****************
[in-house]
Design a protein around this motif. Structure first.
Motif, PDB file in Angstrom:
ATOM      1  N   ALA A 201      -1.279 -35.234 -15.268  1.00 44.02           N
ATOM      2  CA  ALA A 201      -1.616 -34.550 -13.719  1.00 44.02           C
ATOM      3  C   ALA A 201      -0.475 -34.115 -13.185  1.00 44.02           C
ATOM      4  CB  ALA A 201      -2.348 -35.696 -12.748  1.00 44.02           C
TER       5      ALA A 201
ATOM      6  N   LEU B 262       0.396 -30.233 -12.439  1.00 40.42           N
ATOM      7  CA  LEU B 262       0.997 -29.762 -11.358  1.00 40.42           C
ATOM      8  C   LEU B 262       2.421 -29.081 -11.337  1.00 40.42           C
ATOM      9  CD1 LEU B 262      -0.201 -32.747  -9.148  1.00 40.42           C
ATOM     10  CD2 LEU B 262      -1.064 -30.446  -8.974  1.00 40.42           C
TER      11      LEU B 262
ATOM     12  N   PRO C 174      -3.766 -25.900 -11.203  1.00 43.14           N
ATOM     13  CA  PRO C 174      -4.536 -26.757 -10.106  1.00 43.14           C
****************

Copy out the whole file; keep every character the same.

[in-house]
Design a protein around this motif. Structure first.
Motif, PDB file in Angstrom:
ATOM      1  N   ALA A 201      -1.279 -35.234 -15.268  1.00 44.02           N
ATOM      2  CA  ALA A 201      -1.616 -34.550 -13.719  1.00 44.02           C
ATOM      3  C   ALA A 201      -0.475 -34.115 -13.185  1.00 44.02           C
ATOM      4  CB  ALA A 201      -2.348 -35.696 -12.748  1.00 44.02           C
TER       5      ALA A 201
ATOM      6  N   LEU B 262       0.396 -30.233 -12.439  1.00 40.42           N
ATOM      7  CA  LEU B 262       0.997 -29.762 -11.358  1.00 40.42           C
ATOM      8  C   LEU B 262       2.421 -29.081 -11.337  1.00 40.42           C
ATOM      9  CD1 LEU B 262      -0.201 -32.747  -9.148  1.00 40.42           C
ATOM     10  CD2 LEU B 262      -1.064 -30.446  -8.974  1.00 40.42           C
TER      11      LEU B 262
ATOM     12  N   PRO C 174      -3.766 -25.900 -11.203  1.00 43.14           N
ATOM     13  CA  PRO C 174      -4.536 -26.757 -10.106  1.00 43.14           C